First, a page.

Tucked 81 paragraphs into the election crimes indictment of Donald Trump, there’s a reference to a plot even more sinister that was never fully carried out.
Prosecutors outline an interaction in which a senior Trump DOJ official suggests that Trump’s closest allies are counting on the Insurrection Act to stay in power.
The 1807 law gives the President the power to deploy the military for domestic law enforcement purposes. Trump’s allies allegedly urged him to use the law to reverse his loss.
But the apparent mention of the Insurrection Act by Trump’s main DOJ crony suggested another use of the law — putting down protests if Trump stayed in the White House past January 20 — and raises new questions about how deeply the previous administration may have considered using force to stay in power.
The indictment identifies the person who made the remark as “Co-Conspirator 4,” but the description closely matches that of Jeffery Bossert Clark, the DOJ environmental division chief who took Trump up on his offer to use the DOJ to reverse his loss.
Per the indictment, the conversation in which the Insurrection Act was referenced took place on January 3 — three days before the January 6 assault on the Capitol building.
Clark was allegedly speaking with Patrick Philbin, a deputy White House counsel who prosecutors describe has having told Trump that “there is no world” in which he could stay in office past Jan. 20, 2021.
At the time, Clark was at the height of his involvement in Trump’s effort to reverse his loss.
The same day, Smith said, Clark had accepted an offer from Trump to become acting attorney general.
Clark planned to send letters to state legislatures saying that the DOJ had found evidence suggesting that the election results were in doubt, while advising state lawmakers to consider tossing out Biden’s electors and replacing them with the fake electors slates that the Trump campaign had created.
Philbin and Clark spoke in the afternoon on Jan. 3, Smith specified in the indictment.
It was during that time that, a Senate investigation found in 2021, DOJ officials were scrambling to find a way to prevent Trump from appointing Clark; Deputy Attorney General Richard Donoghue was packing up his office, while one deputy prepared a written statement announcing the resignation of the entire DOJ leadership over Trump’s “direct instructions to utilize the Department of Justice’s law enforcement powers for improper ends.”
In that environment, Philbin purportedly told Clark that fraud had not impacted the election outcome. Philbin added to Clark that, if Trump were to succeed in staying in office, there would be “riots in every major city in the United States.”
Clark allegedly replied: “Well…that’s why there’s an Insurrection Act.”
Apart from the chaotic environment within the DOJ, Clark’s remark came as Trump’s acolytes publicly discussed using the 1807 law in various ways to block the transfer of power.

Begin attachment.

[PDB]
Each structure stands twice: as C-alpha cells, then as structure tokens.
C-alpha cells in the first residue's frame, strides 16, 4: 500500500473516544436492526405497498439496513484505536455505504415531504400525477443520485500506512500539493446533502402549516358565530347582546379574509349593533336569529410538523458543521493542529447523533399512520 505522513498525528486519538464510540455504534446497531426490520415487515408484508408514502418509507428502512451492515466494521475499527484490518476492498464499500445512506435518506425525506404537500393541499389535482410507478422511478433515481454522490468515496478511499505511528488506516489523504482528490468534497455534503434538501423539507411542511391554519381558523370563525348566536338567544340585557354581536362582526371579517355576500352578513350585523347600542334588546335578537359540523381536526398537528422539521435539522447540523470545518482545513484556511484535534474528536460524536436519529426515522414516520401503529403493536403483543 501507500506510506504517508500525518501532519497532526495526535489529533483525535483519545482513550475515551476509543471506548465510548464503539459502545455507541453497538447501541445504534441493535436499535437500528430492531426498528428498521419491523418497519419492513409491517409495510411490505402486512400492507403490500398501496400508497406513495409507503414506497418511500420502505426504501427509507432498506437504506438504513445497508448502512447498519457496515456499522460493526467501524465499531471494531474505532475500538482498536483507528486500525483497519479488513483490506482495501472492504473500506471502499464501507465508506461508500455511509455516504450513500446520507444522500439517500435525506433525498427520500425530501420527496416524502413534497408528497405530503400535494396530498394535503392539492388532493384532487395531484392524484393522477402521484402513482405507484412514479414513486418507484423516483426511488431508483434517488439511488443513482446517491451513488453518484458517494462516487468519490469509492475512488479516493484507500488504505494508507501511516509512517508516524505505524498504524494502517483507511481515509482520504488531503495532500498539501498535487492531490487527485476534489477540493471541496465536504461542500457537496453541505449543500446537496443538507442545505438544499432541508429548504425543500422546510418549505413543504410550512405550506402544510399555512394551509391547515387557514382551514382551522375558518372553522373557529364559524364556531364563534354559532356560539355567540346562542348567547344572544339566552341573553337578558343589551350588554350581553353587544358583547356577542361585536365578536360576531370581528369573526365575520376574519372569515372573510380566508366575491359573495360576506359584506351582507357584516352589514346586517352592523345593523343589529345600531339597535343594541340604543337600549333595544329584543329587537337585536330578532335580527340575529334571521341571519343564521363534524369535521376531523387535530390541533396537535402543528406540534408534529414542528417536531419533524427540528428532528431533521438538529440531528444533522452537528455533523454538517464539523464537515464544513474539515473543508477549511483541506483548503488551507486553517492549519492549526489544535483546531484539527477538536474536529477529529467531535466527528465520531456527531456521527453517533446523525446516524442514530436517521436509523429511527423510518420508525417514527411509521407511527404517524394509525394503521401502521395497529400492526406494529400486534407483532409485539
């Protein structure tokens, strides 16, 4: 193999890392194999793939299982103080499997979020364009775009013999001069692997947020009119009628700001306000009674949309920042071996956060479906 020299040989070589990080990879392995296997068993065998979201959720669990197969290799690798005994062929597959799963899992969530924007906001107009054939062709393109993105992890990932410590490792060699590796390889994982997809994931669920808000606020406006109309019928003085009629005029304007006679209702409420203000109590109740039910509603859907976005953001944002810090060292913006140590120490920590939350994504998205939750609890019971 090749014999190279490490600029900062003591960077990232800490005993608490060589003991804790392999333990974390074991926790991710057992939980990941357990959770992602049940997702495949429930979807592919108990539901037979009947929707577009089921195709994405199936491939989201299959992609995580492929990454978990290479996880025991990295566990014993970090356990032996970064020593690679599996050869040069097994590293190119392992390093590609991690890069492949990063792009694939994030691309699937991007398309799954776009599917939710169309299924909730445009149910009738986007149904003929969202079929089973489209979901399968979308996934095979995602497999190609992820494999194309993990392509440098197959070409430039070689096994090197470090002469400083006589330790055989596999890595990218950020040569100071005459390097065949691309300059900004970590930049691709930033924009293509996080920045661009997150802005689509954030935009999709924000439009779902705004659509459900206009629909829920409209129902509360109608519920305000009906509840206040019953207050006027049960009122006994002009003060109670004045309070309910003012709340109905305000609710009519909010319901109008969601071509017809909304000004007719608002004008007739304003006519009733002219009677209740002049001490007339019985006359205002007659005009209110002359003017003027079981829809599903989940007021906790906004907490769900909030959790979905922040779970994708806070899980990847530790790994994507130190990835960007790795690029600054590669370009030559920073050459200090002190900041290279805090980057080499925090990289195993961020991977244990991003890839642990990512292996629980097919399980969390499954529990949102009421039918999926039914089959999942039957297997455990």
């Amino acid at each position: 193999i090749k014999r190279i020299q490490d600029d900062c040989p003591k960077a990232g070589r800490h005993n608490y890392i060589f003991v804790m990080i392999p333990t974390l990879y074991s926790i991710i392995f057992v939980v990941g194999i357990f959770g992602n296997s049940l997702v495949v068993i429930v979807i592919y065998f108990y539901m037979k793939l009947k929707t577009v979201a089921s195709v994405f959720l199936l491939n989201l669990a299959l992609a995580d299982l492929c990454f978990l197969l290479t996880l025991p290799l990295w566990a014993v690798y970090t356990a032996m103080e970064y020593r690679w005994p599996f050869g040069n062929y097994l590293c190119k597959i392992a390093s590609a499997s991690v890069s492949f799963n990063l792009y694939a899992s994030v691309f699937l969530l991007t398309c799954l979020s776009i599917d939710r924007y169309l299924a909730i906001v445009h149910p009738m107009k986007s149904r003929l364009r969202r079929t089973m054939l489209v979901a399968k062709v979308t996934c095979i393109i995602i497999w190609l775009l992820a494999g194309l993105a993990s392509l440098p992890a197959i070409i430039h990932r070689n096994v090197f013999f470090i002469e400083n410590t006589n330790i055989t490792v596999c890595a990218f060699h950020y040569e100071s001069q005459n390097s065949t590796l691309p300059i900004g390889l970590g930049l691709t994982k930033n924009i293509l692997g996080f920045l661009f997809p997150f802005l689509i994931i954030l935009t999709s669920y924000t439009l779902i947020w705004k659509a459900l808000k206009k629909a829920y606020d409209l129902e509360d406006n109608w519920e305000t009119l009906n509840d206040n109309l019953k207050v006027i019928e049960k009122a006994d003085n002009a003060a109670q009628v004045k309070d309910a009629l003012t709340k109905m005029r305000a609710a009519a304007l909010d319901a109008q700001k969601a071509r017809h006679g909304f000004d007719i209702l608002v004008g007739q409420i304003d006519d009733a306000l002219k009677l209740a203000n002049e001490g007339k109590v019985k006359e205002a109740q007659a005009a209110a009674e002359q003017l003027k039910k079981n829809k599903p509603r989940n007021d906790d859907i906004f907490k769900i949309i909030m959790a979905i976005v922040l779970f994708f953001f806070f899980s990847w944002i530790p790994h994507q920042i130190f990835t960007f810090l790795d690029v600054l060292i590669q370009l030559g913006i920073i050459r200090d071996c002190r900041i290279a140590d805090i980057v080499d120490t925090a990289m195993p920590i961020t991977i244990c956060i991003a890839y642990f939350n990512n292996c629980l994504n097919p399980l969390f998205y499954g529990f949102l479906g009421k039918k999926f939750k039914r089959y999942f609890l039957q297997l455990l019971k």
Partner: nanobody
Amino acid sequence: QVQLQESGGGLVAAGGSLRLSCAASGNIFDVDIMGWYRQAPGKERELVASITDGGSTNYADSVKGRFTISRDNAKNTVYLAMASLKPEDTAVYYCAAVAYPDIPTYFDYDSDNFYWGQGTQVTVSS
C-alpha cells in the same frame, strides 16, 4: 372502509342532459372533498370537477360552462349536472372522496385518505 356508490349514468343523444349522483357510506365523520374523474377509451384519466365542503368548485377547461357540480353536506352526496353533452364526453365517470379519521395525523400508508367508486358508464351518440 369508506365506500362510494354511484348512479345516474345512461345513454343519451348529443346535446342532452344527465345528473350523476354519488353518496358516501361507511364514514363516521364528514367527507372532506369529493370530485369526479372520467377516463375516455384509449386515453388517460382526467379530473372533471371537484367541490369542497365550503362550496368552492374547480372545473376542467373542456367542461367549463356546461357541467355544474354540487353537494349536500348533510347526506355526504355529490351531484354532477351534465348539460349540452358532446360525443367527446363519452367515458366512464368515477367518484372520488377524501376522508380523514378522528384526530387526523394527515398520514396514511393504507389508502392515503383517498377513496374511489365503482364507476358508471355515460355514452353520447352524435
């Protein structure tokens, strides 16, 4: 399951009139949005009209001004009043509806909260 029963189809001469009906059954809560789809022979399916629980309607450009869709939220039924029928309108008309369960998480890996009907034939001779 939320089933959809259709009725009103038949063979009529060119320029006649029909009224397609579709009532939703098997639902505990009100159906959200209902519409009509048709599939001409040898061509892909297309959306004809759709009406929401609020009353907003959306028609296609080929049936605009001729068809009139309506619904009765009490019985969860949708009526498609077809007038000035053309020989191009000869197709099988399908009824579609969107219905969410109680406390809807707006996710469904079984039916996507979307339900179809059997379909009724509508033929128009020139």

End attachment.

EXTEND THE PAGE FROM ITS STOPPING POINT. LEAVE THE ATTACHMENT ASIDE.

Trump had raised the idea of invoking the law throughout 2020 as a way to have the military violently quell protests over the May 2020 killing of George Floyd.
But ex-National Security Adviser Michael Flynn — a former general — raised “martial law” in the context of the election in December 2020 on Newsmax.
“He could immediately on his order seize every single one of these machines around the country on his order,” Flynn said. “He could also order, within the swing states, if he wanted to, he could take military capabilities and he could place them in those states and basically rerun an election in each of those states.”
Flynn’s statement on Newsmax was serious enough for the then-Army Chief of Staff and Secretary of the Army to issue a joint release reminding everyone that “there is no role for the U.S. military in determining the outcome of an American election.”
But fears over the use of the Insurrection Act continued to percolate.
Trump hosted a meeting at the White House later in December in which Flynn again advocated for Trump to invoke the Insurrection Act in order to seize voting machines and “rerun” the election.
On Jan. 3, the same day that Jeff Clark made his statement about using the act to put down protests against Trump successfully stealing the election, the Washington Post ran an op-ed from every living Secretary of Defense in which they affirmed that the military “had no role in election disputes.”
Military leaders subsequently testified that they hesitated to respond to the violence on January 6 largely because they were afraid of how Trump and those around him might use the military, pursuant to the Insurrection Act.
Acting Secretary of Defense Christopher Miller told the House Oversight Committee in May 2021 that he had “concerns regarding the appropriate and limited use of the military in domestic matters” that day, which had been heightened “by commentary in the media about the possibility of a military coup or that advisors to the President were advocating the declaration of martial law.”
Smith’s description of Clark’s remarks about the Insurrection Act, though bare of other details, raises further questions about how deep discussions among Trump’s acolytes were around using the law.
Clark’s employer, the Center for Renewing America, issued a statement on Wednesday responding to the indictment.
“These attempts to criminalize legal work and political viewpoints disfavored by the regime show just how far the Deep State has gone in its journey to turn the DOJ on Americans they disagree with,” the statement reads.